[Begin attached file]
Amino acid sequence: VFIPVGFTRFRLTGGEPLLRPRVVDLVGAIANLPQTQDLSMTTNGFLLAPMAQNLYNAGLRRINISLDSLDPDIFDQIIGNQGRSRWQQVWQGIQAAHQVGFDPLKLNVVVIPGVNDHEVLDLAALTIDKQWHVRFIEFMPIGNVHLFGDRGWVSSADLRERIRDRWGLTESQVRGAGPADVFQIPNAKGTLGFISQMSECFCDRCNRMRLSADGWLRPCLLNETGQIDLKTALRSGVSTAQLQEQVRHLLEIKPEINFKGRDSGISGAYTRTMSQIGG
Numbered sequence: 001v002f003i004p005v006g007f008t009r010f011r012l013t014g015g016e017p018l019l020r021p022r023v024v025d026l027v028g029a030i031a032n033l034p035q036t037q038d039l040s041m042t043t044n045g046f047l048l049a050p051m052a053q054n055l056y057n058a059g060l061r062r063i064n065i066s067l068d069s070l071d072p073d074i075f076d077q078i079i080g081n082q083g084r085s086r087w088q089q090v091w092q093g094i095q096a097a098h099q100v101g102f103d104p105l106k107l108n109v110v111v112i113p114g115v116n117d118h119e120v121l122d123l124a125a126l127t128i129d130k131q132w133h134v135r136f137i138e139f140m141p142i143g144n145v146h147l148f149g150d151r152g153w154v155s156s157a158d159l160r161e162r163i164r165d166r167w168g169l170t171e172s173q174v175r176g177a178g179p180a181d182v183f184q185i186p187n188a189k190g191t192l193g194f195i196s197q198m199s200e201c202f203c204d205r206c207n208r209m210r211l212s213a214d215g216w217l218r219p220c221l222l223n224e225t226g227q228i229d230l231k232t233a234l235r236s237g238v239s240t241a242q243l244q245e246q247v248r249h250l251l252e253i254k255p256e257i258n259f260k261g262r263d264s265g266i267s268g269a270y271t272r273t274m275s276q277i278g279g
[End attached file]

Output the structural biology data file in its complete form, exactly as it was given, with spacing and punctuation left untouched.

Amino acid sequence: VFIPVGFTRFRLTGGEPLLRPRVVDLVGAIANLPQTQDLSMTTNGFLLAPMAQNLYNAGLRRINISLDSLDPDIFDQIIGNQGRSRWQQVWQGIQAAHQVGFDPLKLNVVVIPGVNDHEVLDLAALTIDKQWHVRFIEFMPIGNVHLFGDRGWVSSADLRERIRDRWGLTESQVRGAGPADVFQIPNAKGTLGFISQMSECFCDRCNRMRLSADGWLRPCLLNETGQIDLKTALRSGVSTAQLQEQVRHLLEIKPEINFKGRDSGISGAYTRTMSQIGG
Numbered sequence: 001v002f003i004p005v006g007f008t009r010f011r012l013t014g015g016e017p018l019l020r021p022r023v024v025d026l027v028g029a030i031a032n033l034p035q036t037q038d039l040s041m042t043t044n045g046f047l048l049a050p051m052a053q054n055l056y057n058a059g060l061r062r063i064n065i066s067l068d069s070l071d072p073d074i075f076d077q078i079i080g081n082q083g084r085s086r087w088q089q090v091w092q093g094i095q096a097a098h099q100v101g102f103d104p105l106k107l108n109v110v111v112i113p114g115v116n117d118h119e120v121l122d123l124a125a126l127t128i129d130k131q132w133h134v135r136f137i138e139f140m141p142i143g144n145v146h147l148f149g150d151r152g153w154v155s156s157a158d159l160r161e162r163i164r165d166r167w168g169l170t171e172s173q174v175r176g177a178g179p180a181d182v183f184q185i186p187n188a189k190g191t192l193g194f195i196s197q198m199s200e201c202f203c204d205r206c207n208r209m210r211l212s213a214d215g216w217l218r219p220c221l222l223n224e225t226g227q228i229d230l231k232t233a234l235r236s237g238v239s240t241a242q243l244q245e246q247v248r249h250l251l252e253i254k255p256e257i258n259f260k261g262r263d264s265g266i267s268g269a270y271t272r273t274m275s276q277i278g279g